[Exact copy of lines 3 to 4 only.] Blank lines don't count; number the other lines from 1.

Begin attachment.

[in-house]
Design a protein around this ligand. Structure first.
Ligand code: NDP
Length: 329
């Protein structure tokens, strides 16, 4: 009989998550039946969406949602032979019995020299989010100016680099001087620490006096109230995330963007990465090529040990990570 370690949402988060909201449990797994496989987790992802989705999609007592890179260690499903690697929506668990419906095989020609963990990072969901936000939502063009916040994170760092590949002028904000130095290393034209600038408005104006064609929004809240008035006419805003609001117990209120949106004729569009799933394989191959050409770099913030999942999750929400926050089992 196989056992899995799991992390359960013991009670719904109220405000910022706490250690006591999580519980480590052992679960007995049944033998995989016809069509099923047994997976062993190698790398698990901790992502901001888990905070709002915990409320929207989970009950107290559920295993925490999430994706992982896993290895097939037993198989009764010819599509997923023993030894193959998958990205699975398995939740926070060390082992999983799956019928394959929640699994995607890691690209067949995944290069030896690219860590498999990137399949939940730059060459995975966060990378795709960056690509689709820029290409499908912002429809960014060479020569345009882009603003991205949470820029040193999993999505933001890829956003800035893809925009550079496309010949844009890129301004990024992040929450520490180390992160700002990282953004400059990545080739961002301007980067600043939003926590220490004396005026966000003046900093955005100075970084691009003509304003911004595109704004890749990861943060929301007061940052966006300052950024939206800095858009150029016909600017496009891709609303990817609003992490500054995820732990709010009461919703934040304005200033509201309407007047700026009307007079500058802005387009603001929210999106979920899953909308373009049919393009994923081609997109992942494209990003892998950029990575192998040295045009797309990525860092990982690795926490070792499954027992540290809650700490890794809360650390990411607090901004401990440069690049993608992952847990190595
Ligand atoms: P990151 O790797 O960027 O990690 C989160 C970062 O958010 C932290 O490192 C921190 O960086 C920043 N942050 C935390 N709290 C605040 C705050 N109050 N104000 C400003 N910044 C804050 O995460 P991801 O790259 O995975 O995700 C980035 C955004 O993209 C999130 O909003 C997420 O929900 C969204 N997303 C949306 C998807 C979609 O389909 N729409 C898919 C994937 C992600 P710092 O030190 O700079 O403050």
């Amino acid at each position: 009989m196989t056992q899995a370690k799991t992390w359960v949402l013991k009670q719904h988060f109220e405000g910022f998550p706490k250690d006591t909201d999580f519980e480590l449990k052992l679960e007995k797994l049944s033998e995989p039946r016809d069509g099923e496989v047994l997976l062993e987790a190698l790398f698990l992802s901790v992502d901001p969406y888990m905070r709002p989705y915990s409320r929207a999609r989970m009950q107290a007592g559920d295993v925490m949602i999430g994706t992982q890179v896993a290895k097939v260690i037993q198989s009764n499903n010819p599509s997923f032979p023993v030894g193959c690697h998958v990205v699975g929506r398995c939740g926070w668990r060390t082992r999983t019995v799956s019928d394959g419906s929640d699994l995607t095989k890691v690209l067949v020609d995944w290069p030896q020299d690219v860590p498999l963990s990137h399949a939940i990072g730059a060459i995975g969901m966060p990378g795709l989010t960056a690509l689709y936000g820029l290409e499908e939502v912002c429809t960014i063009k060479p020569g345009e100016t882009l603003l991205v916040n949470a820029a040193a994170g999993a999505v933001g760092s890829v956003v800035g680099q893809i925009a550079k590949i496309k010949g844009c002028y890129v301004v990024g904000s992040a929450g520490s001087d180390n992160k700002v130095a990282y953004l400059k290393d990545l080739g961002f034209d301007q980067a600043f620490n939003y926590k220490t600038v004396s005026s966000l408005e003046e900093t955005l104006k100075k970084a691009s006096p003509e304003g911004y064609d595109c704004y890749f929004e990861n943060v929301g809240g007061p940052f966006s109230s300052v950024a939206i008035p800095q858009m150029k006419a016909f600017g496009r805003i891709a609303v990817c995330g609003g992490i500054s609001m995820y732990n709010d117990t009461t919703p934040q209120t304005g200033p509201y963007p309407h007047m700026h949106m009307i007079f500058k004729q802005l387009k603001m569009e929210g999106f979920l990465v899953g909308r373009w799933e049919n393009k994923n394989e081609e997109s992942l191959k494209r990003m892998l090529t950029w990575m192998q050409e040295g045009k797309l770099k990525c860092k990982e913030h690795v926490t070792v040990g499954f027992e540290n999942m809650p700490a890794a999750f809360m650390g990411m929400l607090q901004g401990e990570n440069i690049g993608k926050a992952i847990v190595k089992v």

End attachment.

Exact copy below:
Ligand code: NDP
Length: 329